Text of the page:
Following tools and therapy could serve as an effective and safe treatment modality on managing this development disorder such as:

  1. Complementary Osteopathic treatment.[8][9]
  2. Tummy time.
  3. Specialist baby mattress
  4. Special Designed weight distribution baby pillow.[10][11][12]
  5. Specially designed infant headwear with a support roll which ensures the head is positioned correctly and can be adjusted every few hours. This eliminates any potential flat spots and prevents them in the critical early growth stages of the child's life.[13]

See also[edit]


  1. ^ Kadom, Nadja; Sze, Raymond W. (2010). "Radiological Reasoning: A Child with Posterior Plagiocephaly". American Journal of Roentgenology 194 (3 Suppl): WS5–9. doi:10.2214/AJR.07.7121. PMID 20173180. 
  2. ^ "Doctor Finds Success In Treating Infants With Flat-Head Syndrome". CBS Los Angeles. April 30, 2013. Retrieved November 11, 2013. 
  3. ^ a b Laughlin, J.; Luerssen, T. G.; Dias, M. S.; Committee On Practice Ambulatory Medicine (2011). "Prevention and Management of Positional Skull Deformities in Infants". Pediatrics 128 (6): 1236–41. doi:10.1542/peds.2011-2220. PMID 22123884. 
  4. ^ a b "Plagiocephaly and related cranial deformities". Pediatric Views. Children's Hospital Boston. April 2010. Archived from the original on June 22, 2011. Retrieved November 11, 2013. 
  5. ^ "Flat-headed babies may face learning problems". CBC News. December 3, 2010. 
  6. ^ Persing, J.; James, H.; Swanson, J.; Kattwinkel, J.; American Academy Of Pediatrics Committee On Practice Ambulatory Medicine (2003). "Prevention and Management of Positional Skull Deformities in Infants". Pediatrics 112 (1 Pt 1): 199–202. doi:10.1542/peds.112.1.199. PMID 12837890. 
  7. ^
  8. ^ Lessard, Sylvie; Gagnon, Isabelle; Trottier, Nathalie (2011). "Exploring the impact of osteopathic treatment on cranial asymmetries associated with nonsynostotic plagiocephaly in infants". Complementary Therapies in Clinical Practice 17 (4): 193–8. doi:10.1016/j.ctcp.2011.02.001. PMID 21982132.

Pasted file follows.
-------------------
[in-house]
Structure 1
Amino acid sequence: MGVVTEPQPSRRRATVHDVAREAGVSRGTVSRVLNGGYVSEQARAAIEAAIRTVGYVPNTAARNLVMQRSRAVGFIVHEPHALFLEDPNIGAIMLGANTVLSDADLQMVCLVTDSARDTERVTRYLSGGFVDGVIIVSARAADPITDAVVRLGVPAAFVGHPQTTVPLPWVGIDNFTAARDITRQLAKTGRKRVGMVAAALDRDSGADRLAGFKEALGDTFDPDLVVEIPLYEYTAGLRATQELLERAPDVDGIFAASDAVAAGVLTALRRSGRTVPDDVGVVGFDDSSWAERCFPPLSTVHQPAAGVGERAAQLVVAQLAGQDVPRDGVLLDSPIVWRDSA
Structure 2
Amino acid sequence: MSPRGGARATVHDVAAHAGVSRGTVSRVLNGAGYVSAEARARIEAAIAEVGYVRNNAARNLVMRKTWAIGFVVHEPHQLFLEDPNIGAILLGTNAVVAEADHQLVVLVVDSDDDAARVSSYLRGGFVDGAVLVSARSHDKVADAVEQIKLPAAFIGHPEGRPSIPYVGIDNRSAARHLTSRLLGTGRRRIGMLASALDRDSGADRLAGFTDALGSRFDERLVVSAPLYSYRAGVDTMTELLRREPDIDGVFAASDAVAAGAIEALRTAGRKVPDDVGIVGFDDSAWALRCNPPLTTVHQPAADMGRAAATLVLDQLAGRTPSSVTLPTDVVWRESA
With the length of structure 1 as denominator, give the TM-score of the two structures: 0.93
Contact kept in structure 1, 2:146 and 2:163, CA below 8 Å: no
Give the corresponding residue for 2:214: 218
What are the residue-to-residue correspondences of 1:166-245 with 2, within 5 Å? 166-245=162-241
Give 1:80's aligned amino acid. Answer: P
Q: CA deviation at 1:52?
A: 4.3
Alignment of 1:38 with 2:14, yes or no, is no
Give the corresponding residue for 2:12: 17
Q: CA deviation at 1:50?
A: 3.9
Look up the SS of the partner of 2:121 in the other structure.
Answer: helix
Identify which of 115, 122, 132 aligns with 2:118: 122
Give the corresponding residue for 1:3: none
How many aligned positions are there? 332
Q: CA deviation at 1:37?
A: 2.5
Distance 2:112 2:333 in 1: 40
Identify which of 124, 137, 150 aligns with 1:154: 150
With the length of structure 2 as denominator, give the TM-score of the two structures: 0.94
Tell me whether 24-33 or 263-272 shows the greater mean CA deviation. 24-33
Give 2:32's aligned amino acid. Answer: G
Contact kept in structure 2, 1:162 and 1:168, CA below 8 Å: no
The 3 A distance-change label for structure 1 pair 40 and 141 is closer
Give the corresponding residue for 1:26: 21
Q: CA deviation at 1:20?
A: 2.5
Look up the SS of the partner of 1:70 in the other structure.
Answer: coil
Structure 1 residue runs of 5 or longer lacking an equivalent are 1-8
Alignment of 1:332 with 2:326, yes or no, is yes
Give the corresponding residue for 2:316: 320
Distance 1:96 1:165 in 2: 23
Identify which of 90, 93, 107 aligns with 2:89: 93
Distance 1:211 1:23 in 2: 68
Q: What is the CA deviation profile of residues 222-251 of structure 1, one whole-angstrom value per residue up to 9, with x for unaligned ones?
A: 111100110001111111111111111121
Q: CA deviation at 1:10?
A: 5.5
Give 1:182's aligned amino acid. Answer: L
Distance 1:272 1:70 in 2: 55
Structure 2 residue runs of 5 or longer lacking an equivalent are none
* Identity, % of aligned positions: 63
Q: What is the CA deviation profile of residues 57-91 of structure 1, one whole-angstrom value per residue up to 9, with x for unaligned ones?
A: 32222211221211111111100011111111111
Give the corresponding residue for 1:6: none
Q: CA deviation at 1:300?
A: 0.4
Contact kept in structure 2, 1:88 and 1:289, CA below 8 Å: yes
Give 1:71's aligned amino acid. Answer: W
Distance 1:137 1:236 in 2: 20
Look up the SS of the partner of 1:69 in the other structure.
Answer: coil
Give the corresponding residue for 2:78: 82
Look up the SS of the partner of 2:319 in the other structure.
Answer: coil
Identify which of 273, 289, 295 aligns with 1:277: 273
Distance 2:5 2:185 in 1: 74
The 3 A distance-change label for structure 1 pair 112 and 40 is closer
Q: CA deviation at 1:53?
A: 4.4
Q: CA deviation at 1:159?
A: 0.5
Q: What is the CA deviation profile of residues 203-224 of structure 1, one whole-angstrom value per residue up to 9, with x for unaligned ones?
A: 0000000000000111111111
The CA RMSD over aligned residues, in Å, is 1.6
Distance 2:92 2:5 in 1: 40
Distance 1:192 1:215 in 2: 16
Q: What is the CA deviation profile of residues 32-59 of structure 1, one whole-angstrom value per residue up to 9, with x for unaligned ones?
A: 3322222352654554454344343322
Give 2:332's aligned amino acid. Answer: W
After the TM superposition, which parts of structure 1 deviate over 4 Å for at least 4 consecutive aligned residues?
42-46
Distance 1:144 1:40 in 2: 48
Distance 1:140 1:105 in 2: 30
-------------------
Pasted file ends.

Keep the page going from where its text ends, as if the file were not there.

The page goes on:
9. ^ Amiel-Tison, C.; Soyez-Papiernik, E. (2008). "Place de l'ostéopathie dans la correction des déformations crâniennes du nouveau-né et du jeune enfant" [Cranial osteopathy as a complementary treatment of postural plagiocephaly]. Archives de Pédiatrie (in French) 15: S24–30. doi:10.1016/S0929-693X(08)73944-7. PMID 18822256. 
  10. ^ Ohman, Anna (2013). "A pilot study, a specially designed pillow may prevent developmental plagiocephaly by reducing pressure from the infant head". Health 05 (6): 32–37. doi:10.4236/health.2013.56A2006. 
  11. ^ Ohman, Anna (2013). "A specially designed pillow may be used as treatment for young infants with developmental plagiocephaly". Health 05 (12): 2064–2067. doi:10.4236/health.2013.512280. 
  12. ^ Wilbrand, Jan-Falco; Seidl, Maximilian; Wilbrand, Martina; Streckbein, Philipp; Böttger, Sebastian; Pons-Kuehnemann, Joern; Hahn, Andreas; Howaldt, Hans-Peter (2013). "A Prospective Randomized Trial on Preventative Methods for Positional Head Deformity: Physiotherapy versus a Positioning Pillow". The Journal of Pediatrics 162 (6): 1216–21, 1221.e1. doi:10.1016/j.jpeds.2012.11.076. PMID 23312680. 
  13. ^